"Does the hat cost thirteen dollars?"

Translation:¿El sombrero cuesta trece dólares?

June 15, 2018

42 Comments


https://www.duolingo.com/profile/duovivo2

I believe it should be acceptable to swap the subject and verb here and say: "¿Cuesta el sombrero trece dólares?" Right?

June 15, 2018

https://www.duolingo.com/profile/AlejandroL800568

I am spanish native and you are rigth "cuesta el sombrero...." is rigth

March 7, 2019

https://www.duolingo.com/profile/alezzzix

Grammatically correct, but unnatural.

August 5, 2018

https://www.duolingo.com/profile/Platospicantes

Thank you Alezzix. I always look for your posts. It's good to hear from a native speaker on usage.

June 7, 2019

https://www.duolingo.com/profile/Marcus128364

Pardon the off-topic question, but why do native Spanish speakers actually take the Spanish course? Is this a way to reinforce your knowledge of English, as a kind of reverse-learning method? Just curious if we should all sign up for the English-for-Spanish-speakers course if and when we get to the end of the Spanish course?

August 16, 2019

https://www.duolingo.com/profile/fehrerdef

exactly. This is called "doing the reverse tree".

August 16, 2019

https://www.duolingo.com/profile/Agustina352994

It can be acceptable but it sounds weird, we generally say it as the exercise says. (I'm from Argentina I really can't remember a synonymous for "say" I'm sorry twt)

March 30, 2019

https://www.duolingo.com/profile/Balthesaur

Is it always 'Cuesta' with an 'A'?

February 8, 2019

https://www.duolingo.com/profile/Platospicantes

Cuesta - it costs

If you have a plural subjects (like sombreros) it would be cuestan.

June 7, 2019

https://www.duolingo.com/profile/RobertoEPC

En español, al hacer oraciones interrogativas, se invierten el sujeto y el verbo, quedando este último primero. Esto es, la pregunta debe ser ¿Cuesta el sombrero trece dólares?

February 28, 2019

https://www.duolingo.com/profile/Darren295205

I got it word for word corrwct but instead of dollara at the end it had "$" ???

June 11, 2019

https://www.duolingo.com/profile/Mike65247

The correct word order for a question had the verb first, then the object. Otherwise, the sentence states a fact. "The hat costs $13". Please fix.

July 2, 2019

https://www.duolingo.com/profile/Danielconcasco

There is more than one way to phrase a question in Spanish. The given sentence is fine. The question marks or rising tone tell you it's a question.

July 2, 2019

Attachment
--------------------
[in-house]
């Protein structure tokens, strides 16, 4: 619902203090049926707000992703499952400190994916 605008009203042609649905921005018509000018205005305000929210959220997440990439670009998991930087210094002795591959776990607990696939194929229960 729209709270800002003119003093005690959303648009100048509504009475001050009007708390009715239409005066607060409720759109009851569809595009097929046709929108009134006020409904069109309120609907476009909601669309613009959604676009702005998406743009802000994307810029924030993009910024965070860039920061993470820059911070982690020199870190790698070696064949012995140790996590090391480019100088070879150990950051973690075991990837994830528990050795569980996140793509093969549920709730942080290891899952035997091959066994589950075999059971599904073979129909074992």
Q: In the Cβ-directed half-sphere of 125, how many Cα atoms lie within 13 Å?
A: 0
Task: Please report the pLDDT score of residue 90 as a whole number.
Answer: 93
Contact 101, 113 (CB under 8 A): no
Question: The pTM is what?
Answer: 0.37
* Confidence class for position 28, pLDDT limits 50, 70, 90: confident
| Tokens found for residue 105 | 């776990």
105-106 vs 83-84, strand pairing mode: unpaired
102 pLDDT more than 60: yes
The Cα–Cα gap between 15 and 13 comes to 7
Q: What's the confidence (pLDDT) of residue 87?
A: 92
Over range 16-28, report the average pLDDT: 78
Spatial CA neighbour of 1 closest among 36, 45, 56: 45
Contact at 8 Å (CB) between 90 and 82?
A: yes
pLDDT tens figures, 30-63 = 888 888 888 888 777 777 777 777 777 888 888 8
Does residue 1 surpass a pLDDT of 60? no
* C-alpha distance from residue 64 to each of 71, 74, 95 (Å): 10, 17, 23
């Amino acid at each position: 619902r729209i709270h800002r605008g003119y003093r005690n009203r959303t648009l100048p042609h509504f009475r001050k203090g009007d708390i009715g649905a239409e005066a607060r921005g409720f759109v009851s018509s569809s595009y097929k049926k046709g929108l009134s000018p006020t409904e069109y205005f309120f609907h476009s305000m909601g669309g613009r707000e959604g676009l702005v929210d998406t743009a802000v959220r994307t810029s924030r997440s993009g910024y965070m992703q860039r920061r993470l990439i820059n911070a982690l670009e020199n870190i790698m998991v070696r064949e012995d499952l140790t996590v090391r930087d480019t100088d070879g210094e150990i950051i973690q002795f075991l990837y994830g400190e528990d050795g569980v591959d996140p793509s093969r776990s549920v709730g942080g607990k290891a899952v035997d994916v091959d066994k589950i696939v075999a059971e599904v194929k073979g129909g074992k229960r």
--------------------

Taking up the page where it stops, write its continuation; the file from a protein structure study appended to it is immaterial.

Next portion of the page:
https://www.duolingo.com/profile/Mike65247

While that may be true, the word order is important for early learning of proper grammar and without vocal inflection, your "correct answer" is incorrect for the translation.

July 2, 2019

https://www.duolingo.com/profile/Danielconcasco

No, it's not incorrect.

It's important for learners to see that there is more than one way to order a question.

EDIT Even "without vocal inflection" we have the question marks, so no, it's not a problem.

July 2, 2019

https://www.duolingo.com/profile/Mike65247

The larger, more important point here is that the answer I submitted was not incorrect. You choose to place the word order in a different order by capitalizing the word you want to see 1st period however, my word order does not make it incorrect, it makes it correct. I am saying you should accept both answers

July 2, 2019

https://www.duolingo.com/profile/fehrerdef

It is not correct with a capitalized word in the middle of the sentence.

July 2, 2019

https://www.duolingo.com/profile/Aiden.con

DIJE GORRA!!!!!!!!!!!!!! ES LA MISMA PALABRA AHHHHHHHHHHHHHHHHHHHHHYHHHHHHHHHHHHHHHHHHHHHHHHHHHHHH

January 16, 2019

https://www.duolingo.com/profile/Danielconcasco

Gorra and sombrero are both hats, but not interchangeable. A sombrero usually has a brim and a gorra is usually a cap.

January 16, 2019

https://www.duolingo.com/profile/jaubertmoniker

So both should be accepted here, is what you're saying.

June 7, 2019

https://www.duolingo.com/profile/Danielconcasco

No, I would use gorra for cap.

June 7, 2019

https://www.duolingo.com/profile/fehrerdef

@DorotaJarosz: in English "sombrero" means a specific category of hat (as you said "a wide-brim hat"), but in Spanish "sombrero" just means "hat" (any kind of).

June 9, 2019

https://www.duolingo.com/profile/DorotaJarosz